News Release

Cleveland Clinic receives $2.8 million grant to improve heart transplant outcomes

Research aims to identify differences in survival among heart failure patients before and after heart transplantation, as well as create tools to improve outcomes

Grant and Award Announcement

Cleveland Clinic

Monday, July 9, 2018, CLEVELAND: The National Institutes of Health has awarded Cleveland Clinic researcher Eileen Hsich, M.D., $2.8 million over four years to evaluate disparities in survival among heart failure patients before and after heart transplantation and to create tools that would optimize outcomes.

"We believe that to improve care for those with heart failure awaiting transplant, we must better understand how differences among patients affect the timing of transplants and survival. With this knowledge, we can create innovative models that can help physicians decide the best time for individual patients to be transplanted," said Dr. Hsich. "The findings from these research projects will hopefully lay the groundwork for a dynamic and improved way to allocate hearts in the future."

Heart failure affects 6.5 million Americans, and many need advanced care such as circulatory support devices or transplant. However, due to a shortage of organs, numerous people die each year waiting for a heart. Currently, about 4,000 patients are waiting for heart transplants, and in 2017, surgeons performed about 3,200 heart transplants.

The grant will be used for three research projects:

  • Using the national Scientific Registry of Transplant Recipients (SRTR), researchers will identify key risk factors and quantify how interactions among them directly affect differences in survival before and after transplant using machine learning statistical methods. Some of these disparities include sex, race, type of heart disease, socioeconomic status, mechanical circulatory support and region.

  • Using data from Cleveland Clinic and four other institutions, the research team will develop the first method to dynamically update risk of death on the national heart transplant waiting list so that clinicians caring for these patients are alerted to the patient's changing condition. The research team will include variables currently not collected by SRTR for patients awaiting transplantation, such as tests that show markers of severity of disease and those reflecting the failure of other organs (liver function tests). They will also provide a more complete picture of a patient's overall health and ability to function. The other institutions participating are Northwestern University, University of Pennsylvania, University of Pittsburgh and Duke University Medical Center.

  • Using data from the first two projects, Dr. Hsich and her co-principle investigator, Hermant Ishwaran, Ph.D., director of Statistical Methodology at the University of Miami Health System, will develop statistical models that simultaneously estimate risk of waiting list mortality, time to transplantation, and death after transplantation, as affected by patient characteristics and their health while on the waiting list. This will allow physicians to better estimate the best timing for transplant as a patient's condition changes. Similar risk prediction models have been successfully developed and used in lung, liver and kidney transplantation. The existing heart allocation system is based on a tiered system that prioritizes patients by risk of death on the waiting list mainly by need for certain devices or certain medications, but does not take into account how their condition changes, the likelihood that a patient will get transplanted, or the risk of death after transplant.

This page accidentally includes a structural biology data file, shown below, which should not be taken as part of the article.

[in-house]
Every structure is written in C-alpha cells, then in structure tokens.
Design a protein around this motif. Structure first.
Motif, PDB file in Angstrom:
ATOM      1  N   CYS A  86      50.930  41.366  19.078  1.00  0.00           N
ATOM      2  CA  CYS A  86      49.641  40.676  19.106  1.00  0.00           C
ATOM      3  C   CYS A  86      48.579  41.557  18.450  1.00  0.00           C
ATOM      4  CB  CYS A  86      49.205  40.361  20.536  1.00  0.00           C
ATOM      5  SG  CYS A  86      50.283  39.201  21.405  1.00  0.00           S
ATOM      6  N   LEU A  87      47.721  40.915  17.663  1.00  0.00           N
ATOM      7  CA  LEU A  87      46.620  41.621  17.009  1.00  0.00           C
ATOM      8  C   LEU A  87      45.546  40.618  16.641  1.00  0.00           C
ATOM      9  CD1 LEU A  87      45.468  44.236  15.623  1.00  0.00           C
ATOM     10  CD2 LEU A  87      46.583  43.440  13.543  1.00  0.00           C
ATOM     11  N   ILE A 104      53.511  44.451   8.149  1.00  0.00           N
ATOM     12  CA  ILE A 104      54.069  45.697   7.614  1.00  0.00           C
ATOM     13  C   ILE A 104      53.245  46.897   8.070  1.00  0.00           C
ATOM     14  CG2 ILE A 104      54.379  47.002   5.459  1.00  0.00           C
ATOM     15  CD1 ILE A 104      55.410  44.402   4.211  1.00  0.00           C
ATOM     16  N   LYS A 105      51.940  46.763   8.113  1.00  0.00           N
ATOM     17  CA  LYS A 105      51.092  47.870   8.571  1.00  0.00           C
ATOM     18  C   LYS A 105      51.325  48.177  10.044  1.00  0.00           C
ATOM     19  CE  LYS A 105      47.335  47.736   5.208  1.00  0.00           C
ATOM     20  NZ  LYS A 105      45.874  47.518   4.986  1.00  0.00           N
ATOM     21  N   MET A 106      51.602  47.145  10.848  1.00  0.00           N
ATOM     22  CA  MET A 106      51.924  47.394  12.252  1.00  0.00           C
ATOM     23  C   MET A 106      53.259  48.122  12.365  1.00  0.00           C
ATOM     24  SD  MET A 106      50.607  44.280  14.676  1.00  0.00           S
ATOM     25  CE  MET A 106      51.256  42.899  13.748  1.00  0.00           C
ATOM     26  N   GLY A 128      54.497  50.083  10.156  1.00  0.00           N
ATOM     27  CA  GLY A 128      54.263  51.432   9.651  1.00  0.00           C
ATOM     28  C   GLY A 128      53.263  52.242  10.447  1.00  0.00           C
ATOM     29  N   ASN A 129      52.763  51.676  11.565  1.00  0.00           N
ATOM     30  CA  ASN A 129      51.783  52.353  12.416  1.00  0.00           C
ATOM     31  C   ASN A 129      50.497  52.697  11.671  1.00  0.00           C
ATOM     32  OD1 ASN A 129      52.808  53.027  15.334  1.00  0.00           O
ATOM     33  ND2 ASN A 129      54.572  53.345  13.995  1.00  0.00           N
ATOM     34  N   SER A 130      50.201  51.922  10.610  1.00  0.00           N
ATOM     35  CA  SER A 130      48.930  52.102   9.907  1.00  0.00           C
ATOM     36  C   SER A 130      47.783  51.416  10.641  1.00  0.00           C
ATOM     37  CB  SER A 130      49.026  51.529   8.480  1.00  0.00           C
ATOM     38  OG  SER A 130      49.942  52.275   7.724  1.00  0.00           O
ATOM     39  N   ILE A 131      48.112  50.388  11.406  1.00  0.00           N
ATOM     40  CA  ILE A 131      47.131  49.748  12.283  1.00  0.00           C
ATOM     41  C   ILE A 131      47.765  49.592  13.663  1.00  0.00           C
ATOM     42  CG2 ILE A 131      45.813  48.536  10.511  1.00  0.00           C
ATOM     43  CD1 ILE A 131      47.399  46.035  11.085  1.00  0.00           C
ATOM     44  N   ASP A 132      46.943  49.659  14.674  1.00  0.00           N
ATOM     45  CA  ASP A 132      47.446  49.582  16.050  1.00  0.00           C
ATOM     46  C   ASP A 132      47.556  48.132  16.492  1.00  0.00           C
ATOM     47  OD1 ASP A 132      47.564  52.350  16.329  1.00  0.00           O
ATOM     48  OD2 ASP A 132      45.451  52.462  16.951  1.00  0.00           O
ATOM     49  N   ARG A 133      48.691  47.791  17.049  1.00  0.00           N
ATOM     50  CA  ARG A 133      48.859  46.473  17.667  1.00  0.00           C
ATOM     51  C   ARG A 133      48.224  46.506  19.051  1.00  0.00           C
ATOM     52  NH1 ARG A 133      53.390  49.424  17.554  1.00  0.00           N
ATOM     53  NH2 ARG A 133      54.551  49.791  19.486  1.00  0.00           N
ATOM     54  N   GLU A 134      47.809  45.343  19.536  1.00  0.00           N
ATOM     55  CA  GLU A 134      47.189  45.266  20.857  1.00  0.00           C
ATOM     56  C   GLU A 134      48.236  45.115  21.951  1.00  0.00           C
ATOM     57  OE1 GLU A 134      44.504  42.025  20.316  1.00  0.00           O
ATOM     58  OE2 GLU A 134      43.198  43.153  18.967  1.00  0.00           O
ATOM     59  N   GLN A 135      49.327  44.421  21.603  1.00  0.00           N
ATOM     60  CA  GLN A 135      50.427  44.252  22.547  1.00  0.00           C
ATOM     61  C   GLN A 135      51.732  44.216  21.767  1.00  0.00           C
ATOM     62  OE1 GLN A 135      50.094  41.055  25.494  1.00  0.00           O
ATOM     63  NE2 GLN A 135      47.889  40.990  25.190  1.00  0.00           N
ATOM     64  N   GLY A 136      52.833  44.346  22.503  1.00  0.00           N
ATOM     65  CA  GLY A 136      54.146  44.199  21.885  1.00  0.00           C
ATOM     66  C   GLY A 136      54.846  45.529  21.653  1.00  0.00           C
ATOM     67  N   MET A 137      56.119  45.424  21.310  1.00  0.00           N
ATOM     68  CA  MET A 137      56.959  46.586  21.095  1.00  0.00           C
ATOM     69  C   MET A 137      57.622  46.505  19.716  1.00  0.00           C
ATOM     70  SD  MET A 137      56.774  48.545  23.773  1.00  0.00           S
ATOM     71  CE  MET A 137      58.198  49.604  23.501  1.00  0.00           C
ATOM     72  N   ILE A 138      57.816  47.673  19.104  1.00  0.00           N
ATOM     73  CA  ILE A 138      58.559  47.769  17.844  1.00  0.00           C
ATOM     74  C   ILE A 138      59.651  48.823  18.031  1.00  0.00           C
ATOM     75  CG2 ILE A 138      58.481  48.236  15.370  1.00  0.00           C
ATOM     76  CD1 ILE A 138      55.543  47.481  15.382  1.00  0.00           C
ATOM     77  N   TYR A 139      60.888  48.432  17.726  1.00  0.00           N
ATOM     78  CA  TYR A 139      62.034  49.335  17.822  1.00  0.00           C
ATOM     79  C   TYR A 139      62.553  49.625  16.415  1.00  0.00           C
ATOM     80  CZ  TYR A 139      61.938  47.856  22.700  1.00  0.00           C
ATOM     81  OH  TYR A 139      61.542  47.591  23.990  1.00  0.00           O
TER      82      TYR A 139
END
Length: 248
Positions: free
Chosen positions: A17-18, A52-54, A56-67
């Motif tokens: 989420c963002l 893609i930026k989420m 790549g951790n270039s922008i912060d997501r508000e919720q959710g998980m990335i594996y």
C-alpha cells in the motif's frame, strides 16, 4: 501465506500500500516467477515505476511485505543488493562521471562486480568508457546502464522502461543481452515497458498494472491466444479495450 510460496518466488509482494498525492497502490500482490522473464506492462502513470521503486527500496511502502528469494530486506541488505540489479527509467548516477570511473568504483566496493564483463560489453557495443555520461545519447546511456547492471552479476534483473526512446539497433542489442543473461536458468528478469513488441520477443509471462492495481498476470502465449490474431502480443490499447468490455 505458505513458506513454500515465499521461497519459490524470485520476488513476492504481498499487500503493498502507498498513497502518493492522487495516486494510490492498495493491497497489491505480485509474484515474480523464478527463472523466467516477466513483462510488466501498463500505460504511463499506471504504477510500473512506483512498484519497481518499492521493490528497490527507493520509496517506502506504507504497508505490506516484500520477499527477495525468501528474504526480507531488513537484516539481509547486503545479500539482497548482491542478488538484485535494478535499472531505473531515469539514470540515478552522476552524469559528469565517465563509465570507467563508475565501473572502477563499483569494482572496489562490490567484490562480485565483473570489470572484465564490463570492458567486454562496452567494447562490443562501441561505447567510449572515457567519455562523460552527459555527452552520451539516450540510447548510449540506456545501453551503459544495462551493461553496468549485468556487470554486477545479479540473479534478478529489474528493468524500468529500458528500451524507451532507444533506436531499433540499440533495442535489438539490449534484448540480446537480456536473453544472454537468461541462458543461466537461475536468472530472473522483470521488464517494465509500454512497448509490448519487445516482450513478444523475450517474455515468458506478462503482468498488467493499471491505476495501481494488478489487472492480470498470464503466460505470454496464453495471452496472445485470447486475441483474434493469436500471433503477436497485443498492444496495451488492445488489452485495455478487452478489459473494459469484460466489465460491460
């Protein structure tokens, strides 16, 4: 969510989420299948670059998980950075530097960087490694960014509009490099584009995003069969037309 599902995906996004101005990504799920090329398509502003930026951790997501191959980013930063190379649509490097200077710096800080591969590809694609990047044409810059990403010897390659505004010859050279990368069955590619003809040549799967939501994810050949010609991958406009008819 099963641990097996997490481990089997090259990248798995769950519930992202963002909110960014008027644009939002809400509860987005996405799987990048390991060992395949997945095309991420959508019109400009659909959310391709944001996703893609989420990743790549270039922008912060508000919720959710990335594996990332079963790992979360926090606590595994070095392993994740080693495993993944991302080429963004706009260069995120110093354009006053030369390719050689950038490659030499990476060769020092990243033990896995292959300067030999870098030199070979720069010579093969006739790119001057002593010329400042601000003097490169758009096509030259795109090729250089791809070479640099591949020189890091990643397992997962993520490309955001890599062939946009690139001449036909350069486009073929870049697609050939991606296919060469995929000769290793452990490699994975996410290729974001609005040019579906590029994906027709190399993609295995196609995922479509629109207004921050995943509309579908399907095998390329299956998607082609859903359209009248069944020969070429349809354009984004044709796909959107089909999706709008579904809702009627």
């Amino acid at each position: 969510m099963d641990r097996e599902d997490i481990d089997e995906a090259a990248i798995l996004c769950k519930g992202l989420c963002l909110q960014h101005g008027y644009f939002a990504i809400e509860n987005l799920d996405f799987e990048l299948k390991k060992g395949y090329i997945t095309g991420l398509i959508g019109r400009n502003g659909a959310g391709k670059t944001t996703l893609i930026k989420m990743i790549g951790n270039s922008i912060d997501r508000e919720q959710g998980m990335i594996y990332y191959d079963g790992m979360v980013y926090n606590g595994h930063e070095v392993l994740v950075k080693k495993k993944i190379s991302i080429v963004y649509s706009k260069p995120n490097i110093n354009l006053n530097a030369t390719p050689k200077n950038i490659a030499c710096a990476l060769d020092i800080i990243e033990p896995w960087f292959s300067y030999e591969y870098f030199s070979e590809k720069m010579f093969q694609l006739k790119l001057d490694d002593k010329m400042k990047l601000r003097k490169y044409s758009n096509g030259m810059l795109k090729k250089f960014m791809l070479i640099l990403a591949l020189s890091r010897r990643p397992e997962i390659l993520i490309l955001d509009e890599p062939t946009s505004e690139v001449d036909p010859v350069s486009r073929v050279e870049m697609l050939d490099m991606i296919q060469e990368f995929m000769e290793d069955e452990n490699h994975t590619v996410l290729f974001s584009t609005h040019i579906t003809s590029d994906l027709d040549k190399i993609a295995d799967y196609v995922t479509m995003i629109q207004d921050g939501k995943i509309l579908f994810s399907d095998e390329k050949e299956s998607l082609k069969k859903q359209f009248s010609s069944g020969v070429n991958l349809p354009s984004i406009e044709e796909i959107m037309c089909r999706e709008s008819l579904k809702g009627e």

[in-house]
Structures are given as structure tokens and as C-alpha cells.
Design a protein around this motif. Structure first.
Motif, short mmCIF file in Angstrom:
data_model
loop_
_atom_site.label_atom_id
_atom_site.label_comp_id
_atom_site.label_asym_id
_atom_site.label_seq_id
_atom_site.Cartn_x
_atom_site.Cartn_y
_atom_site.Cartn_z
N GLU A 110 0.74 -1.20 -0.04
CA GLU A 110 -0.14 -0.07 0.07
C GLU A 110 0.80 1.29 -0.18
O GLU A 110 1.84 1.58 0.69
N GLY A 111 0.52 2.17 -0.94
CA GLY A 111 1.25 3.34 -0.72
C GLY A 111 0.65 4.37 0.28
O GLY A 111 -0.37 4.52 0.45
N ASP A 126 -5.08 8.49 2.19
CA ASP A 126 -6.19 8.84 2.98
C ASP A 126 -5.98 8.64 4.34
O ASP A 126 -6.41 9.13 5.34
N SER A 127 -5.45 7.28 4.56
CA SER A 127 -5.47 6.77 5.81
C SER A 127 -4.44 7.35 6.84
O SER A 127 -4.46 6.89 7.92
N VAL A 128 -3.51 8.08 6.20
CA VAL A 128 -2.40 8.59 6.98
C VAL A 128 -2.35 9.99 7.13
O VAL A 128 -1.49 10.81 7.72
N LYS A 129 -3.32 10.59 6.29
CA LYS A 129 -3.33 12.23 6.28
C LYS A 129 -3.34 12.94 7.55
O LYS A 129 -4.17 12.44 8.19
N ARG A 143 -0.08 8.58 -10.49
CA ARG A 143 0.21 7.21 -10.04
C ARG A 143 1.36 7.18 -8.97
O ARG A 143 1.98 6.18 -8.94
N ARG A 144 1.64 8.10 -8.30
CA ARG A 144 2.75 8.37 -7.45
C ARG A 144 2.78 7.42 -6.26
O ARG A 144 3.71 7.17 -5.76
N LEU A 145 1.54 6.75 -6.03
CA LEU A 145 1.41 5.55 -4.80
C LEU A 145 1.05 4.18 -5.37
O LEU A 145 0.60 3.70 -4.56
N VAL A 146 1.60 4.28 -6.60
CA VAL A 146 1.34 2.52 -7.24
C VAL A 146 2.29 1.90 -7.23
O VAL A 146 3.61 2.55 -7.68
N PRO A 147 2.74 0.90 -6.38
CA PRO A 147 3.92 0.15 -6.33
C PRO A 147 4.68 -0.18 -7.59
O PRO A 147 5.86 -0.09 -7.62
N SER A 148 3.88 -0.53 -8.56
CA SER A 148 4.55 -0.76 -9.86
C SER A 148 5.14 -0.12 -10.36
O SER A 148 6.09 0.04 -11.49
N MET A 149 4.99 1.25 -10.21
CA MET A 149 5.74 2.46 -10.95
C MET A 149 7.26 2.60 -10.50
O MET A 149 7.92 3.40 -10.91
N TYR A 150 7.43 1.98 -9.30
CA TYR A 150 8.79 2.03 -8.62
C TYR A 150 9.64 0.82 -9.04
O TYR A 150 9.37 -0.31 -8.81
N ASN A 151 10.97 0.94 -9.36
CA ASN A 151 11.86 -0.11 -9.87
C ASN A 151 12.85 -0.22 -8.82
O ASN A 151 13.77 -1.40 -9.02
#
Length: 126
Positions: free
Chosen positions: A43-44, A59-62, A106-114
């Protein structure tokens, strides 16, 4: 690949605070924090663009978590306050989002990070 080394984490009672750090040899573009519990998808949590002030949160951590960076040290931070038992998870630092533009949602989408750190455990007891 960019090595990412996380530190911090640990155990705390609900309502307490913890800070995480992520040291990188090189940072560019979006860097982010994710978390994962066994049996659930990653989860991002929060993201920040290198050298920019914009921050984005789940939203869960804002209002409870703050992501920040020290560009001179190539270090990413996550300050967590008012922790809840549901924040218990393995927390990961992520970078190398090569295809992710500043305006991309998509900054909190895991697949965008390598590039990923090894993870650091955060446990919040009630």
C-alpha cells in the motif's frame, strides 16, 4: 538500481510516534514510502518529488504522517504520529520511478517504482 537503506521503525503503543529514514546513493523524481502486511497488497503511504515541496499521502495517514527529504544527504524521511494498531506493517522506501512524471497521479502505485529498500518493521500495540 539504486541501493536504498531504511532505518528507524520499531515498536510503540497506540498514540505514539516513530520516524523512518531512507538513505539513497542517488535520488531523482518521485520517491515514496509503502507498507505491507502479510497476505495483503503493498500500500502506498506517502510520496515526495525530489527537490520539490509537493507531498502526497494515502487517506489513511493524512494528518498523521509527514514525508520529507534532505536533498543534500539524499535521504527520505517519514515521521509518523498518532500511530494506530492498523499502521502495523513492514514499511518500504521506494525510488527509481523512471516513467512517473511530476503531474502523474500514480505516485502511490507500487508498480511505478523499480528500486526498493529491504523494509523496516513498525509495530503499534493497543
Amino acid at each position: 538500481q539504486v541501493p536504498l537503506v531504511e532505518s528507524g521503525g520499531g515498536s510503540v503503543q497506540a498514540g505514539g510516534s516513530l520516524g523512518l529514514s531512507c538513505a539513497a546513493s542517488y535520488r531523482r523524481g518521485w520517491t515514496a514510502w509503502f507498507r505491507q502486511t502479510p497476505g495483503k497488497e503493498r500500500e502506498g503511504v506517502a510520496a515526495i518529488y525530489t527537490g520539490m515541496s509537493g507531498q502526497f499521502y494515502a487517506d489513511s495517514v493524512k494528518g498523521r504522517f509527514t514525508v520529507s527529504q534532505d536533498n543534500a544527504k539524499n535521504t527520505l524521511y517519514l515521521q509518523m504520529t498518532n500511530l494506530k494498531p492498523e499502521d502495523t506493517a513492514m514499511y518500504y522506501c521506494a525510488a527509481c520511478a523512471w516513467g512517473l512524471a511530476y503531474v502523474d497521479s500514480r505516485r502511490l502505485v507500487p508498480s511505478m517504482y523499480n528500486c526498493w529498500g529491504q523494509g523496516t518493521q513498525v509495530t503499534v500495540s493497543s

This work with will build upon other studies by Dr. Hsich investigating disparities in heart transplant patients. Her previous research has identified differences in heart transplant waiting list survival based on type of heart disease. Other research that she has led confirmed that despite shorter times on the list, women have higher mortality compared to men waiting urgently for heart transplants.


About Cleveland Clinic

Cleveland Clinic is a nonprofit multispecialty academic medical center that integrates clinical and hospital care with research and education. Located in Cleveland, Ohio, it was founded in 1921 by four renowned physicians with a vision of providing outstanding patient care based upon the principles of cooperation, compassion and innovation. Cleveland Clinic has pioneered many medical breakthroughs, including coronary artery bypass surgery and the first face transplant in the United States. U.S. News & World Report consistently names Cleveland Clinic as one of the nation's best hospitals in its annual "America's Best Hospitals" survey. Among Cleveland Clinic's 52,000 employees are more than 3,600 full-time salaried physicians and researchers and 14,000 nurses, representing 140 medical specialties and subspecialties. Cleveland Clinic's health system includes a 165-acre main campus near downtown Cleveland, 11 regional hospitals, more than 150 northern Ohio outpatient locations - including 18 full-service family health centers and three health and wellness centers - and locations in Weston, Fla.; Las Vegas, Nev.; Toronto, Canada; Abu Dhabi, UAE; and London, England. In 2017, there were 7.6 million outpatient visits, 229,000 hospital admissions and 207,000 surgical cases throughout Cleveland Clinic's health system. Patients came for treatment from every state and 185 countries. Visit us at Follow us at News and resources available at

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Andrea Pacetti, 216.444.8168,
Tora Vinci, 216.339.4277,

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